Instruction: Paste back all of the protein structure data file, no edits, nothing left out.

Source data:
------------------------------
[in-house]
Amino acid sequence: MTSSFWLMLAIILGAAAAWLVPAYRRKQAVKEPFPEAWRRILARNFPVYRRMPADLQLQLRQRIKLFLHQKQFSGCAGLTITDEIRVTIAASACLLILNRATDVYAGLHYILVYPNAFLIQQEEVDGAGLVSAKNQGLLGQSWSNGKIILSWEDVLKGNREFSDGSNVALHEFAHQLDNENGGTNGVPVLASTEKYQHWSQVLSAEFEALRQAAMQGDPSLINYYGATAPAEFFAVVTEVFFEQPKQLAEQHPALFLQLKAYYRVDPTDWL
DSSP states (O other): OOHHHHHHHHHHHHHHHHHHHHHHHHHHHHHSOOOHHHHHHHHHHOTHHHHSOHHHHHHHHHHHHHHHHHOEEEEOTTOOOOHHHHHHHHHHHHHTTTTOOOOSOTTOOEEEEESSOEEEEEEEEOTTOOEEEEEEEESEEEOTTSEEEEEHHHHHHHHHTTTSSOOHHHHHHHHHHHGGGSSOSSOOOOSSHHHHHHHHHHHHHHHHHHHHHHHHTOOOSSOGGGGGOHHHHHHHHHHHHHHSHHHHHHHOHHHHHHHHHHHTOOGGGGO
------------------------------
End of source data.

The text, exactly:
[in-house]
Amino acid sequence: MTSSFWLMLAIILGAAAAWLVPAYRRKQAVKEPFPEAWRRILARNFPVYRRMPADLQLQLRQRIKLFLHQKQFSGCAGLTITDEIRVTIAASACLLILNRATDVYAGLHYILVYPNAFLIQQEEVDGAGLVSAKNQGLLGQSWSNGKIILSWEDVLKGNREFSDGSNVALHEFAHQLDNENGGTNGVPVLASTEKYQHWSQVLSAEFEALRQAAMQGDPSLINYYGATAPAEFFAVVTEVFFEQPKQLAEQHPALFLQLKAYYRVDPTDWL
DSSP states (O other): OOHHHHHHHHHHHHHHHHHHHHHHHHHHHHHSOOOHHHHHHHHHHOTHHHHSOHHHHHHHHHHHHHHHHHOEEEEOTTOOOOHHHHHHHHHHHHHTTTTOOOOSOTTOOEEEEESSOEEEEEEEEOTTOOEEEEEEEESEEEOTTSEEEEEHHHHHHHHHTTTSSOOHHHHHHHHHHHGGGSSOSSOOOOSSHHHHHHHHHHHHHHHHHHHHHHHHTOOOSSOGGGGGOHHHHHHHHHHHHHHSHHHHHHHOHHHHHHHHHHHTOOGGGGO